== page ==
In fact, I got to thinking about my dad having to make that call. Having to stare at his father’s body, overcome with emotion, his heart disintegrating in his chest, even as he forces his fingers to dial a number that’s usually reserved for phone calls of a far less serious nature. I thought about how his heart will be racing, and how his throat will close on him in the seconds that that God-awful ringing noise bounces across the phone line, and how, when I finally answer, the best my dad will likely be able to muster will be a choked and sobbing, “He’s gone, Jason. He’s gone.”

I know this because that’s exactly how I made that phone call to my dad seven years ago. Only it was over Ruthanne. I remember, standing there in that tiny hospital room, my soul melting out through the soles of my feet, that I couldn’t believe I had to make that call. I didn’t know what to say. I didn’t know how to begin. How would he respond? My father, so stoic and quiet in almost every aspect of life, would he handle this news like everything else? Or would he burst into tears? Or maybe let out a guttural moan of exquisite pain?

I remember feeling a sense of shame, as though my daughter’s death was somehow my fault. I worried, irrationally, that my father might tear off a pound of flesh and blame me for the death of his first grandchild. I worried that my dad might die from a heart attack brought on by pure shock, and I would have to deal with two deaths. Mostly, I just couldn’t comprehend what I was having to call and tell him.

I, so good with words in so many ways, was truly at a loss. And when the ringing finally stopped, and my dad said his groggy hello, the only thing that I could think to do was forget everything else and seek solace in the strongest, bravest person I know.

“She’s gone, Daddy! She’s gone!”

It was a garbled cry, the plea of a confused son looking to his father to make everything better. Dad misunderstood me and thought I was talking about Rachel, and before he could even ask I corrected him.

“No! It’s not her! It’s Ruthanne! She’s dead, Daddy! She’s dead!”

He didn’t cry. He didn’t moan. And he certainly didn’t tear off a pound of flesh. Instead, in a voice as gentle as a slight breeze, he said, “Oh son – I’m sorry.”

It will be my turn to say those words soon. Sooner than I’m ready to admit, I’m afraid, my father’s voice will come to me and I will hear in it the anguish and pain and fear that I felt that night so long ago. Unlike my father, I will cry. I will moan. I will weep at the simultaneous loss of a good and lovely man and the ending of that good and lovely man’s suffering. And I will do all of this in a matter of seconds; then I will compose myself, and I will speak the only words of comfort that I’ve ever known to work in a situation like this:

“Oh dad – I’m sorry.”

I dread that call, not just for the sorrow of my grandfather’s death or my own father’s pain, but for the reality that will immediately follow it: this phone call will be repeated, this communication between father and son, only I will assume my dad’s role, and, I imagine, Jonathan, my son, will assume mine.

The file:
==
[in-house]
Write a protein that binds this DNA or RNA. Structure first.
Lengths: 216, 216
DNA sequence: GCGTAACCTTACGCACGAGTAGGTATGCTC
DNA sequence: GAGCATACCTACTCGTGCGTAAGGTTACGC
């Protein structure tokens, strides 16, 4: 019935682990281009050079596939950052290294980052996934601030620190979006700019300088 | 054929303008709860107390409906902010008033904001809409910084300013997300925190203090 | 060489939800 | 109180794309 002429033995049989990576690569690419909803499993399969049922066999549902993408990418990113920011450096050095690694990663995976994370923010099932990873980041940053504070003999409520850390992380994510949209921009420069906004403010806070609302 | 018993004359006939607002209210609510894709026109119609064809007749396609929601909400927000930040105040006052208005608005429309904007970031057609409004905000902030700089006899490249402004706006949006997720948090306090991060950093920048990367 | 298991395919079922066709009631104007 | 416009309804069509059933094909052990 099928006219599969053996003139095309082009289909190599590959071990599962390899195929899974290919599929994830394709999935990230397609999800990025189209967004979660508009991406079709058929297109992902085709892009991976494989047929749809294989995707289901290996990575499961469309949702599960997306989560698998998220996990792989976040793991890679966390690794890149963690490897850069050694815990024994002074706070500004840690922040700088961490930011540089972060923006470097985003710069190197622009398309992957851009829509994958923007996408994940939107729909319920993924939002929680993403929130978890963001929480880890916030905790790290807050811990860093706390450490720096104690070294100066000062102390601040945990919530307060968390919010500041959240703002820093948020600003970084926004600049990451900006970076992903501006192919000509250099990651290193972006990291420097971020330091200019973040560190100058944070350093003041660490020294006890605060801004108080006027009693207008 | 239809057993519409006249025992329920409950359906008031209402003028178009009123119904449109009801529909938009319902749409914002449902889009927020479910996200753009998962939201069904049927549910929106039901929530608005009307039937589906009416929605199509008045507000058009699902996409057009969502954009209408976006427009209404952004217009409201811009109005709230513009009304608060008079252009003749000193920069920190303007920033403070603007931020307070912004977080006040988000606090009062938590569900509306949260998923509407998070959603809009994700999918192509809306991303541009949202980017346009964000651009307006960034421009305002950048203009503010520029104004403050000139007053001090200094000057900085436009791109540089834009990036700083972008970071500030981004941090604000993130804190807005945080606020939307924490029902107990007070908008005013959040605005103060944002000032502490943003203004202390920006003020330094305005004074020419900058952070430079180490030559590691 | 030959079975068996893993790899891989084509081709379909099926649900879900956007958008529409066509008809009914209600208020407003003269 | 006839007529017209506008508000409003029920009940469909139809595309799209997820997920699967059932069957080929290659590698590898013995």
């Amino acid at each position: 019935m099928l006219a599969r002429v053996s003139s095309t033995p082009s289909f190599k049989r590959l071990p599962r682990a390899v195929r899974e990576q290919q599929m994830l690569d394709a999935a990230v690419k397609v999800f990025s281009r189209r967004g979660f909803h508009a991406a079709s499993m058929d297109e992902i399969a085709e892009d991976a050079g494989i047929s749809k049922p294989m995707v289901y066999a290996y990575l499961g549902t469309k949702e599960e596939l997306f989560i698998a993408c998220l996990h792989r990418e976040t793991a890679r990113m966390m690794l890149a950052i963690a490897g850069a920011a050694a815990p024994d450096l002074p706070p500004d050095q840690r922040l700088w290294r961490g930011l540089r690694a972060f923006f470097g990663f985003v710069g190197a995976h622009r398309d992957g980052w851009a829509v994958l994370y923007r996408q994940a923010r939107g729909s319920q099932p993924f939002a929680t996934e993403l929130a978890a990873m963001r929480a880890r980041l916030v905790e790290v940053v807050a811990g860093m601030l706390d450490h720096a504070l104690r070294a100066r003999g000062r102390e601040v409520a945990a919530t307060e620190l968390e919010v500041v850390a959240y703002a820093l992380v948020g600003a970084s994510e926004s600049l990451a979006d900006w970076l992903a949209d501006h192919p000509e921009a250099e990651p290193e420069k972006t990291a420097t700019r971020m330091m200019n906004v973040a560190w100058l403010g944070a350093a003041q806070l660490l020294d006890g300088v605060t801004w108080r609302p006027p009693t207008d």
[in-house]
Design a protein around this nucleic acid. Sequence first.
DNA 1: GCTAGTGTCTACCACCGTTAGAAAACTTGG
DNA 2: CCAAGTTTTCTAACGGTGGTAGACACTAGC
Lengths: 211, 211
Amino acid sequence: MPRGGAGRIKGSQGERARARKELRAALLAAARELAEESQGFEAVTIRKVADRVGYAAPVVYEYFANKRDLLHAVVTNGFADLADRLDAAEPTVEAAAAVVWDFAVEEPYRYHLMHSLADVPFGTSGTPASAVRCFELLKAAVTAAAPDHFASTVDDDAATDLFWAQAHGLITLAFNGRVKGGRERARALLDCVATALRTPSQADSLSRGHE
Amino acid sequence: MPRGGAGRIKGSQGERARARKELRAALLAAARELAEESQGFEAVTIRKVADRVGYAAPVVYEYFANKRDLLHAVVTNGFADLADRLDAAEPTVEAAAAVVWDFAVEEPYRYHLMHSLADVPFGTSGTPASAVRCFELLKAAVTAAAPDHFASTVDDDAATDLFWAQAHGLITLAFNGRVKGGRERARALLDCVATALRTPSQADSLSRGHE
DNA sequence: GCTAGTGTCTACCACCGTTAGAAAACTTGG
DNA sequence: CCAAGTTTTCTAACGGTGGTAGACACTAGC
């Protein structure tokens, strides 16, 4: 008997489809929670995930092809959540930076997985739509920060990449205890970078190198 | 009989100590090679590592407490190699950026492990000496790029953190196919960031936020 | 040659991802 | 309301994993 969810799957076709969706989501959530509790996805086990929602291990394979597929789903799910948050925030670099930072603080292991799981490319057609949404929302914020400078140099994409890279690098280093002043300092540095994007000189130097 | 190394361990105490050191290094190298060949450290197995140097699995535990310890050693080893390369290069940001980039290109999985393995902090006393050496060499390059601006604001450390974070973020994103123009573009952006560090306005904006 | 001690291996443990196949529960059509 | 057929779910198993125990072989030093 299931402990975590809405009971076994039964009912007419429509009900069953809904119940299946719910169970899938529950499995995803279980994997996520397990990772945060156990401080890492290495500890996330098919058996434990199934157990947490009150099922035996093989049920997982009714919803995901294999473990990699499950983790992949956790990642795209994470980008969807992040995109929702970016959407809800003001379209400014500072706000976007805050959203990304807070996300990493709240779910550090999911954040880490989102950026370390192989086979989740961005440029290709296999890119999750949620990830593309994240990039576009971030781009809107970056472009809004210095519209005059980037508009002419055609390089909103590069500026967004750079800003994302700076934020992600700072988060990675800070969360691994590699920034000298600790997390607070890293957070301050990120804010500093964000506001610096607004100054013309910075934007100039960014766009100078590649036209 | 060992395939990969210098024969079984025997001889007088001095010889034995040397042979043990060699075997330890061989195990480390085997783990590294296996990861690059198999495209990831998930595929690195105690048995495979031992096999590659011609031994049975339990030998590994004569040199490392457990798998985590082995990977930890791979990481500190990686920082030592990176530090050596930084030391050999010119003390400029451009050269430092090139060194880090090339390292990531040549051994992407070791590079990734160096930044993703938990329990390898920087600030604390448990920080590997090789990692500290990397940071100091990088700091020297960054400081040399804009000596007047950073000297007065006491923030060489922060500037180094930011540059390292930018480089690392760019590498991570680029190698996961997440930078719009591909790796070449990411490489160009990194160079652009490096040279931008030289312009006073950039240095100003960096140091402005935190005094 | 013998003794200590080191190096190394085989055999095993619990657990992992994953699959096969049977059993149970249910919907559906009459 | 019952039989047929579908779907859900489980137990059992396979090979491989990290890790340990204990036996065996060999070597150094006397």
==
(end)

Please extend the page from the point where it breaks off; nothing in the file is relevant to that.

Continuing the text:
And my dad will assume Pop’s.

It’s a horrifying thought: what will I do when he’s gone?

But this is the way of all fathers and sons. Just as dad will lose Pop, I will lose him, and one day, hopefully after many, many happy memories, Jonathan will lose me. I will close my eyes and pass from his life, and he will feel the sting in his eyes that I’m feeling right now.

And when that first tear falls from his face, and makes a splashing contact with his new father-less world, I pray that the years of love and laughter and memories I believe we’ll create together will sustain him and give him the courage we all need to face death. I pray that he’ll find strength in his faith. I pray that he’ll be as strong then as my dad will be whenever the time comes to make that call.

But mostly I pray that his son will be able to put his arm around my son, and say, in the tradition of our family, those beautiful yet simple words of comfort:

“Oh dad – I’m sorry.”

That’s not too much for a father to ask, is it?

My Son, The Monster

Crying for little to no reason at all. Mood swings. Hitting people. Screaming “NO!” at the top of his lungs. Deliberately disobeying even the smallest request.

My son has officially turned into a monster. If Lady Gaga wants him, she can have him.

We’re pretty sure it’s because he’s getting his final molars in. And I say pretty sure because, a) we can’t actually get him to let us feel around in his mouth, and b) there’s just no other realistic explanation, short of demonic possession. And we know possession is out because we can’t get him to sleep without singing a medley of his favorite Jesus songs before bedtime.

It’s been frustrating, to say the least.

Now, I don’t know if this is just particular to me, or if it’s a common occurrence across the parenting spectrum, but whenever my son goes grade-A nutzoid, I feel a tightness in my chest that panics me. It’s not a heart attack-type feeling (at least, I don’t think it is), but more of an emotional anxiety that grips me right there in my heart. It’s a feeling of helplessness mixed with annoyance mixed with a frightening anger. It just sits there, dead center, as if it were a piece of food I can’t swallow. And the more Jonathan screams or whines or disobeys, the more it builds.

I don’t know if this feeling comes more from being incapable of helping my son or from being tired of hearing the crying. I can’t tell if I’m just a normal parent experiencing normal parent emotions, or if I’ve somehow become psychologically unstable and need to be medicated. I just know that I hate feeling that way about my child. I want to feel nothing but love, nothing but magic, nothing but the sweet tenderness of a Hallmark moment.